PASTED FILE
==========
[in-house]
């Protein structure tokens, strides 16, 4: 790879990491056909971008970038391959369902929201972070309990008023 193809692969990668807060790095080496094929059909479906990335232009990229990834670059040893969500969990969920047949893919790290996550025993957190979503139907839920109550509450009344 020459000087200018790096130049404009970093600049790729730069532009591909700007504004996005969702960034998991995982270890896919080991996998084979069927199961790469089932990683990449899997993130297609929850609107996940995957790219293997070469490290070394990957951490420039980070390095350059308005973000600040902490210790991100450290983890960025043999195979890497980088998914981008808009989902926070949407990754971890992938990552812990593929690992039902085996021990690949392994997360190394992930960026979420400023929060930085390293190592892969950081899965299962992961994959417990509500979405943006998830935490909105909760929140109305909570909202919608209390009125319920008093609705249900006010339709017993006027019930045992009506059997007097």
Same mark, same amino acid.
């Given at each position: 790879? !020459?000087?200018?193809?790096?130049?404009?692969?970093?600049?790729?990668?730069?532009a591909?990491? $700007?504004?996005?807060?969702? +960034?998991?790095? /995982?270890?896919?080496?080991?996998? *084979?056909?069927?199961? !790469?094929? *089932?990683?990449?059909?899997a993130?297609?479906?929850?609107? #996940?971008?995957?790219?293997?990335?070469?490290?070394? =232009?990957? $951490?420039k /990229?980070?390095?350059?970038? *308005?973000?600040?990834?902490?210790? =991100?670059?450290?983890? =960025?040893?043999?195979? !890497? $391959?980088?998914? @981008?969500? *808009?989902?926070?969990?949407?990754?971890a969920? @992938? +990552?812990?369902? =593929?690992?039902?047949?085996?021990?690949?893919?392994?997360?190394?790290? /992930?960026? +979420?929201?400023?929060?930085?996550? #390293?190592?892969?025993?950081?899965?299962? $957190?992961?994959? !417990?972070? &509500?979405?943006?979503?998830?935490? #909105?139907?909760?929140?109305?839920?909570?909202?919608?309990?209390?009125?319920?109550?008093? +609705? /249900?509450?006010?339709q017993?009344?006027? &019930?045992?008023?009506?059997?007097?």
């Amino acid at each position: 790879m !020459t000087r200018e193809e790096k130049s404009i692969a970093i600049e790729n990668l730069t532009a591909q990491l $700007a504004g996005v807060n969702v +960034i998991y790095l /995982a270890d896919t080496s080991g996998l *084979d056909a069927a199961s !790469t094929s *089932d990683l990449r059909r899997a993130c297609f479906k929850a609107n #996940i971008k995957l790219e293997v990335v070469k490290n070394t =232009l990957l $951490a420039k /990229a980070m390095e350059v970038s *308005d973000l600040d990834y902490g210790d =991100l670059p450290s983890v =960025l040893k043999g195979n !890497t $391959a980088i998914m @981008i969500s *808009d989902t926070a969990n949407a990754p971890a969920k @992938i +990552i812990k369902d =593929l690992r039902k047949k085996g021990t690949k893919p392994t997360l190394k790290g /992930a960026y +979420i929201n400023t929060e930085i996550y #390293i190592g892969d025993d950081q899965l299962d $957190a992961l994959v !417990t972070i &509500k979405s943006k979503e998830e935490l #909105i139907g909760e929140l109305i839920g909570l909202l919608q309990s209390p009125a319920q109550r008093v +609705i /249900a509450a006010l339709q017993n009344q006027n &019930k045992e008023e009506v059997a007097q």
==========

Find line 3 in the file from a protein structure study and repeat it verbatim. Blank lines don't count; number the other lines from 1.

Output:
Same mark, same amino acid.